ACTOR Harry Gostelow has got used to playing vicars lately. He played a “rather ineffectual” clergyman who had a crush
ACTOR Harry Gostelow has got used to playing vicars lately. He played a “rather ineffectual” clergyman who had a crush on Jane Austen in BBC movie Miss Austen Regrets five years ago, and since then he’s played a whole plethora of vicars and registrars, and people who have to marry other people, including a wedding celebrant on EastEnders.
But his latest role is about as far removed from a respectable English priest as you can get. He comes back to the Mill at Sonning as Bainbridge, a builder who’s a bit of a shark, in Alan Ayckbourn’s farce Taking Steps.
As the story goes, Bainbridge is desperately trying to sell an ancient and crumbling three-storey Victorian house, The Pines, to Roland — a character who is of equally dubious reputation. The business deal is interrupted by all sorts of shenanigans, in particular that of Roland’s wife writing him a ‘Dear John’ letter.
Gostelow said: “Ayckbourn described both my character and Roland’s as someone who, if they were in the queue at the post office, would get to the counter and then haggle over the price of the stamps. Then, on the way out, if they saw an old age pensioner also in the queue, would try to sell the stamps to them for a profit.
“They’re not exactly unscrupulous, but they’re a bit sharkish and mercenary.”
The theatre in Sonning is home from home for Gostelow. He made his professional début here straight out of drama school in 1994, with a role in The Reluctant Debutante, and has been back to work here so many times that he’s lost count — though he says the number is definitely in double figures.
He grew up in London in a thespian family — his father was New Zealand actor Gordon Gostelow and his mother actress Vivian Pickles — but he didn’t think of acting as a serious career until he went up to Cambridge University to study Classics. There, he became part of the budgeoning drama scene, rubbing shoulders on stage with the likes of Hugh Bonneville, Sam Mendes and Tom Hollander.
Since then, he has had many roles on stage and screen, including a part in Shakespeare In Love — though he says his favourite roles have been treading the boards at the Globe in London.
“The most exciting role I’ve ever played was Peregrine in The Antipodes, a rediscovered 17th century play, at the Globe in 2000,” he said. “I love playing there. It’s great fun playing on that stage, because you can see the audience all the time and relate to them, rather than being in darkness and just imagining they are there.You are surrounded by the audience, both in front of you and looking down on you from the balconies. Even Shakespeare soliloquys take on a new meaning there, as you are really talking to the audience, rather than just muttering on stage to yourself about how awful life is. It makes it much more relatable.”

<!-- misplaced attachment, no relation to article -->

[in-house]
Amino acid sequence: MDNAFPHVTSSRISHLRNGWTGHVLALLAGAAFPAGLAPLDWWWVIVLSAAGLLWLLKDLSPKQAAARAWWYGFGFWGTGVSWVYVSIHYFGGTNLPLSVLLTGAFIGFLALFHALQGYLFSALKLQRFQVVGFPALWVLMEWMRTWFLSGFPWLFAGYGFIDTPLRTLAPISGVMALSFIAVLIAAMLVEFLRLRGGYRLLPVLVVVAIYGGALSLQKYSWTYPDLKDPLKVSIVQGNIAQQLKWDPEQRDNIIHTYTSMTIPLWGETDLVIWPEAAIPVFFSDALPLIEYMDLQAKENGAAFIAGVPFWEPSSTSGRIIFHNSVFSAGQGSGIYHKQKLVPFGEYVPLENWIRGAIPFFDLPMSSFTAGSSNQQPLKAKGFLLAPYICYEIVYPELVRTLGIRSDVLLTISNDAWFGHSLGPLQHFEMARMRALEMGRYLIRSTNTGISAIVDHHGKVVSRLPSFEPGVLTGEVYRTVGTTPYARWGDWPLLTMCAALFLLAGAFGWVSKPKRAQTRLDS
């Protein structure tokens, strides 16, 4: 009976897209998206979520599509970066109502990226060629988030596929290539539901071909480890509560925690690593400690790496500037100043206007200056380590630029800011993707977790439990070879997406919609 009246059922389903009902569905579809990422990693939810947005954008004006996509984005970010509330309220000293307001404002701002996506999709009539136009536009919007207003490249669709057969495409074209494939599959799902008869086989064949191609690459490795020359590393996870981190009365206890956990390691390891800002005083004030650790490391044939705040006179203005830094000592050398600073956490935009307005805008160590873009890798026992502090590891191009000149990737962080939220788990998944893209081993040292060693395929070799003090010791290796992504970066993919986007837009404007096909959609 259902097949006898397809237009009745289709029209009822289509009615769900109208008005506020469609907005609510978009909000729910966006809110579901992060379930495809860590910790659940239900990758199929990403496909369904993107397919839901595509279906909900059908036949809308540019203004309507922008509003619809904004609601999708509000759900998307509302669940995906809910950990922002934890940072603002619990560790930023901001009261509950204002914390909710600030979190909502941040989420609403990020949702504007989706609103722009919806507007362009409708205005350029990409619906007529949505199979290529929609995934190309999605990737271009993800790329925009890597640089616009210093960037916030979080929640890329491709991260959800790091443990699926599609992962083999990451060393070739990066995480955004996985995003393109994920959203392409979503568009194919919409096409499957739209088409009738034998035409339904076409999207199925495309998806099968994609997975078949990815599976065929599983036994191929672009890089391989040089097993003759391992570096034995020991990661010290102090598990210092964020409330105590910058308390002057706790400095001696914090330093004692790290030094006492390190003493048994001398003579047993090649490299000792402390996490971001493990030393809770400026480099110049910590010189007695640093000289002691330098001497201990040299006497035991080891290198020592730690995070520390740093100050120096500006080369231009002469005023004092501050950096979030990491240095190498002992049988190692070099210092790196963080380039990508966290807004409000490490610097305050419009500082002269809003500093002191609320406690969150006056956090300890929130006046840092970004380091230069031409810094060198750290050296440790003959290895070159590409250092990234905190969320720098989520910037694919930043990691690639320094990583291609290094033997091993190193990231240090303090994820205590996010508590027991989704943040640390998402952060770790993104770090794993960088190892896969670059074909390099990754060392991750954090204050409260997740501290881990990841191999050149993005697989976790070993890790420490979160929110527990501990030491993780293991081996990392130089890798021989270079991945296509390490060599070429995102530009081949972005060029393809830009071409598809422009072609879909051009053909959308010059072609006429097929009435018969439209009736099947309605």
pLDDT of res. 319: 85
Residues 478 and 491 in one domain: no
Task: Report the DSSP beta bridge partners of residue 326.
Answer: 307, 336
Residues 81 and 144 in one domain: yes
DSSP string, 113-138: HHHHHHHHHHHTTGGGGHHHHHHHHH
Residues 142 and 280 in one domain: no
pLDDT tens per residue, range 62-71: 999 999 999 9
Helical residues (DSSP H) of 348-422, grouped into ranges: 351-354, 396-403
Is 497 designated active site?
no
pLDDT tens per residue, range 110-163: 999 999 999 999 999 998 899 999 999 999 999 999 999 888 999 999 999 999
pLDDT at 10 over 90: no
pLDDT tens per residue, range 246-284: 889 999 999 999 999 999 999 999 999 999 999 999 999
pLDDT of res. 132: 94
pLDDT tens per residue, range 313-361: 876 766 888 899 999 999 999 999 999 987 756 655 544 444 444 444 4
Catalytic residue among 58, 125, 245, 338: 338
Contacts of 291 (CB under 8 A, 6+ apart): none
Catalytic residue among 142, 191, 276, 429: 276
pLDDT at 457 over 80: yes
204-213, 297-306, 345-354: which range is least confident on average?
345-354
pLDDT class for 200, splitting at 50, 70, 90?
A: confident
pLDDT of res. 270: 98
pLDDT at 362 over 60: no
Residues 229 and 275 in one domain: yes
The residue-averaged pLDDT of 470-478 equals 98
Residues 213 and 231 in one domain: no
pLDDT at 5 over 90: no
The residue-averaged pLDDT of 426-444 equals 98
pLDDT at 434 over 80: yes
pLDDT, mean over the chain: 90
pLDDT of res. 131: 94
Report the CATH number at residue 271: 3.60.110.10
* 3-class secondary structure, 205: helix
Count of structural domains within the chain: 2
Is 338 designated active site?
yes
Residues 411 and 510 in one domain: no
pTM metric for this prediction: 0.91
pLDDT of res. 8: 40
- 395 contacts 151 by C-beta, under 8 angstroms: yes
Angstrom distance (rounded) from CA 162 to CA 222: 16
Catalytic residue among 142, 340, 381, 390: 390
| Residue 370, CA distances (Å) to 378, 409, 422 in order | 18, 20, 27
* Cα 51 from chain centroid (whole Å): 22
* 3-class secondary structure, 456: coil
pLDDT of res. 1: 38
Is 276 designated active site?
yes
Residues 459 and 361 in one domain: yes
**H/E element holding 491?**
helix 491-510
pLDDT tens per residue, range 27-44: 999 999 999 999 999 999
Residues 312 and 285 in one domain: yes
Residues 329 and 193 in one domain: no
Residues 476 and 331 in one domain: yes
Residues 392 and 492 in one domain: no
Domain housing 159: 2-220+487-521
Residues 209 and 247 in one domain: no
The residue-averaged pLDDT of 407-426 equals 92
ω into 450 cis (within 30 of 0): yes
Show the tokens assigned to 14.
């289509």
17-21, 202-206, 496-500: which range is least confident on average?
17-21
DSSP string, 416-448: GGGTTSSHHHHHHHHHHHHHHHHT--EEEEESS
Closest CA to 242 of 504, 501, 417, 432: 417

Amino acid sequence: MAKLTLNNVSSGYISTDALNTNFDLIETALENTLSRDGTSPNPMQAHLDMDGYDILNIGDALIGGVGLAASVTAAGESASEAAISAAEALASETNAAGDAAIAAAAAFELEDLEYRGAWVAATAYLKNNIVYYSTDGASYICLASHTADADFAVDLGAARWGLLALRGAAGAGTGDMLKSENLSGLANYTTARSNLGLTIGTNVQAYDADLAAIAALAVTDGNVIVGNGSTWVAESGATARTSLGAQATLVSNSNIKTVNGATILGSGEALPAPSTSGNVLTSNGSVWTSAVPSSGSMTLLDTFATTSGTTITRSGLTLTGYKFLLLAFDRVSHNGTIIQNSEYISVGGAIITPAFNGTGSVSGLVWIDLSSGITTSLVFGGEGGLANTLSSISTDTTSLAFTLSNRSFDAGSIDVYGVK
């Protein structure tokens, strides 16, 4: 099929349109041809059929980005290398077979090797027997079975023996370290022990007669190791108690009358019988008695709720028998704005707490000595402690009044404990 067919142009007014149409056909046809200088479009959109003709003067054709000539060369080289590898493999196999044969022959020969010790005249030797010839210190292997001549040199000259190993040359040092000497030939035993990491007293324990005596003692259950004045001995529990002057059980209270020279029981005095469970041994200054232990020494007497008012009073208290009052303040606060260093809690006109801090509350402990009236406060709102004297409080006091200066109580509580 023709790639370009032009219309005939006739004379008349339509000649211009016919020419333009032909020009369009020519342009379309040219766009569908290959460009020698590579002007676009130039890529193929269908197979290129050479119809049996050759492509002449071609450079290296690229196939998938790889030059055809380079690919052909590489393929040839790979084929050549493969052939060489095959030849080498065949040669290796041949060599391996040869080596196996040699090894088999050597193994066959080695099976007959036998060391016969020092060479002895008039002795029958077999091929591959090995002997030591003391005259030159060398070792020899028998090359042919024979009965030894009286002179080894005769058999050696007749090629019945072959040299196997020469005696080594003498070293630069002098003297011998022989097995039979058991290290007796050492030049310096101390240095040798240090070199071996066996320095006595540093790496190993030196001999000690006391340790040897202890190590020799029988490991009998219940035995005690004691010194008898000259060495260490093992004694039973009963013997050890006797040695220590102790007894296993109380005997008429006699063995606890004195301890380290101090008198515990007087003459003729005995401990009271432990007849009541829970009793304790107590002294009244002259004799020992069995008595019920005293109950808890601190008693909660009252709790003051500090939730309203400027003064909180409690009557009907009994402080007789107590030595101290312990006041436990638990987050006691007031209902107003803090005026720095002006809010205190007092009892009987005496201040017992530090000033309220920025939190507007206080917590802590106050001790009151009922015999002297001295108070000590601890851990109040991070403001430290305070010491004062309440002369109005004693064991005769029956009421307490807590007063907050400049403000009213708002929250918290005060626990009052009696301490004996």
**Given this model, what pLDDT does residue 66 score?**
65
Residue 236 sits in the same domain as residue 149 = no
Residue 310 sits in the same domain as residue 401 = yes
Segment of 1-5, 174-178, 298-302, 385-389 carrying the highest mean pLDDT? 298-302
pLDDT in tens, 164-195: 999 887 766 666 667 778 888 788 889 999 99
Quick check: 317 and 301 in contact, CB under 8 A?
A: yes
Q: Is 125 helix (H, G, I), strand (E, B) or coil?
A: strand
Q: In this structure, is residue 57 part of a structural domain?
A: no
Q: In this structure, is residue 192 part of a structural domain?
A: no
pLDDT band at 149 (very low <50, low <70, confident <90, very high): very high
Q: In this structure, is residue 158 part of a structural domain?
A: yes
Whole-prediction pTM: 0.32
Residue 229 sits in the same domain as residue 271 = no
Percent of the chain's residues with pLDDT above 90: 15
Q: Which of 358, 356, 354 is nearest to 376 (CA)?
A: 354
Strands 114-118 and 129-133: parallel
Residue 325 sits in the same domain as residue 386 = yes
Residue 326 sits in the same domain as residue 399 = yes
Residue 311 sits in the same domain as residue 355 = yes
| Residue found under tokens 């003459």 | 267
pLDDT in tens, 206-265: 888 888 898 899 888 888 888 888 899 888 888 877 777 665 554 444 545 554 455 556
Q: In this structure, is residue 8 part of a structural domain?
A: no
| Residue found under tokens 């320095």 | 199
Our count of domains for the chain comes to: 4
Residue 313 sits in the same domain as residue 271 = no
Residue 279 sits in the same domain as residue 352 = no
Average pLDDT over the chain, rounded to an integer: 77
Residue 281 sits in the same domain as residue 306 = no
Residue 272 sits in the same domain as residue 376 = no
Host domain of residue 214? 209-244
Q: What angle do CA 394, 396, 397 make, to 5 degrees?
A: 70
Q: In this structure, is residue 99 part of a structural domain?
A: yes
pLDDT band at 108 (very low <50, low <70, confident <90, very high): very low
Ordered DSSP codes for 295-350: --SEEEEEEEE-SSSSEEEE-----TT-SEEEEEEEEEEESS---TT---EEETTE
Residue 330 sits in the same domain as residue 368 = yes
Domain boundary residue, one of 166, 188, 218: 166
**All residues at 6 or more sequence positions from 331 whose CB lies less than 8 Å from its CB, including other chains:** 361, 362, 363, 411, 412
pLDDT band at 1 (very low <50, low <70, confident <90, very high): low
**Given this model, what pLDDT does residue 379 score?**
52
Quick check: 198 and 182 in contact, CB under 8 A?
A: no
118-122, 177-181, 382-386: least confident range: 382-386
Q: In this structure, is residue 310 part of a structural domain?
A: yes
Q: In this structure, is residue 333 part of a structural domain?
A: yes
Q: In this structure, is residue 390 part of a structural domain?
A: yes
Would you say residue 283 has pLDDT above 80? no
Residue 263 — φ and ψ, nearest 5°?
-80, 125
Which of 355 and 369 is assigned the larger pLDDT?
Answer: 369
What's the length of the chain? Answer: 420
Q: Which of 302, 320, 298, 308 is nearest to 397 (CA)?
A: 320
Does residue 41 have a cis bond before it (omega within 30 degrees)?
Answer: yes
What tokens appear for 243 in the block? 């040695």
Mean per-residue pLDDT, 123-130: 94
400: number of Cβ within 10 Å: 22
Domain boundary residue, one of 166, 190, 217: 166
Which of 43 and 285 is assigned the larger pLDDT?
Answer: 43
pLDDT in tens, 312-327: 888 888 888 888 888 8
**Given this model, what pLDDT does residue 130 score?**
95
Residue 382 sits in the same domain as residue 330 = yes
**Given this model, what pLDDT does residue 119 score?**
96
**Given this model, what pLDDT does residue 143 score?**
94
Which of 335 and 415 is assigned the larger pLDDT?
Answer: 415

It’s for similar reasons that Gostelow enjoys playing at the Mill at Sonning.
“It’s a very intimate venue, and everyone feels very close,” he said. “And there’s always a great audience that’s up for a good time. Everyone is close to the action, and feels very engaged.”
Taking Steps is a bit of a departure from most Ayckbourn plays. The celebrated British writer is known for his gritty comedies — he has written more than 70 plays — such as The Norman Conquests and How The Other Half Loves.
The former artistic director of the Stephen Joseph Theatre in Scarborough is known for his black humour, but he has only written a handful of farces. However, true to form, this play is a bit darker than your average farce, and deals with unhappy marriages and the threat of death.
The Pines is a former Victorian brothel and is reputedly haunted by a prostitute who was murdered in one of its rooms.
Also, one of the characters, Kitty, is in the middle of trying to commit suicide. In fact, according to Gostelow, there are quite a few people walking in on people they think are about to top themselves during the course of the play.
“Ayckbourn called it ‘a pig to finish’, trying to tie up all the loose ends,” he said.
“His comedies always have a slightly darker twist. He doesn’t shy away from that side of life, and his plays are always full of people having terrible problems with relationships.
“This time he has written a farce — but it is still very funny.”
Taking Steps runs at the Mill at Sonning from Thursday, January 31 to Saturday, March 23. Box office: 0118 969 8000 or go to www.millatsonning.com